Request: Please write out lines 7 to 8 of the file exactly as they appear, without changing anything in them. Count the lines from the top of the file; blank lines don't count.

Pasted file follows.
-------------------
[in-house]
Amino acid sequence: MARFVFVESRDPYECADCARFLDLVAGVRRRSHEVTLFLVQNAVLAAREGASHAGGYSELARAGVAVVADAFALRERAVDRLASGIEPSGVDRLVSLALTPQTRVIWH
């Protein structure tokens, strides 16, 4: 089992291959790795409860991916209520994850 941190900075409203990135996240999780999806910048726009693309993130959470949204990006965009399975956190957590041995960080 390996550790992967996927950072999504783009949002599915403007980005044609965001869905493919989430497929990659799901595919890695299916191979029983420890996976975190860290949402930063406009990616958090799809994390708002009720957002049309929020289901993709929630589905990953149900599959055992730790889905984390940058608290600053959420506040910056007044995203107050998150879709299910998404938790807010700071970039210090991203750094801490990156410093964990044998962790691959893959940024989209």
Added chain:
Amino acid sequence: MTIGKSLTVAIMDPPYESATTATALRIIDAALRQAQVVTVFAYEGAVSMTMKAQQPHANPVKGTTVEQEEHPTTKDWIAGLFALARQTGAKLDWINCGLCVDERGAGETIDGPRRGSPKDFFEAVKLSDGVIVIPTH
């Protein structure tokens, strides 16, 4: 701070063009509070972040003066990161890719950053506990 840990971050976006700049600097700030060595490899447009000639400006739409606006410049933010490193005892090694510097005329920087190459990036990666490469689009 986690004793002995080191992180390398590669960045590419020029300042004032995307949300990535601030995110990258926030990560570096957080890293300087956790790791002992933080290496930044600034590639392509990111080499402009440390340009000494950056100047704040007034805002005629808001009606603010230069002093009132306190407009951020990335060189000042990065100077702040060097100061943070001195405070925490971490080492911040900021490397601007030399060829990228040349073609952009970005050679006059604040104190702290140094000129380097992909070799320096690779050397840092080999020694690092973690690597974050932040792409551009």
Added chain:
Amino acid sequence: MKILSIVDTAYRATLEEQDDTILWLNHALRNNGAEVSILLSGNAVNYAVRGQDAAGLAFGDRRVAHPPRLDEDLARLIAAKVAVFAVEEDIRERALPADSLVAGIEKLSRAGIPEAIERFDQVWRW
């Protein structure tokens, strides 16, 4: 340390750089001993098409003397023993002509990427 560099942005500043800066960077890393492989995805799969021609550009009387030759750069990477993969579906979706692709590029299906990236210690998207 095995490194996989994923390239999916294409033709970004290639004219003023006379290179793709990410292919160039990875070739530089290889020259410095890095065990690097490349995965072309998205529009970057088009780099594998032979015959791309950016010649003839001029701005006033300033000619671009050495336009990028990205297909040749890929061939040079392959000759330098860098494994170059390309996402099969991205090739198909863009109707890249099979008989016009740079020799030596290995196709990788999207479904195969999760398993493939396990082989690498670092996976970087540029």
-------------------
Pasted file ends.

Added chain:
Amino acid sequence: MKILSIVDTAYRATLEEQDDTILWLNHALRNNGAEVSILLSGNAVNYAVRGQDAAGLAFGDRRVAHPPRLDEDLARLIAAKVAVFAVEEDIRERALPADSLVAGIEKLSRAGIPEAIERFDQVWRW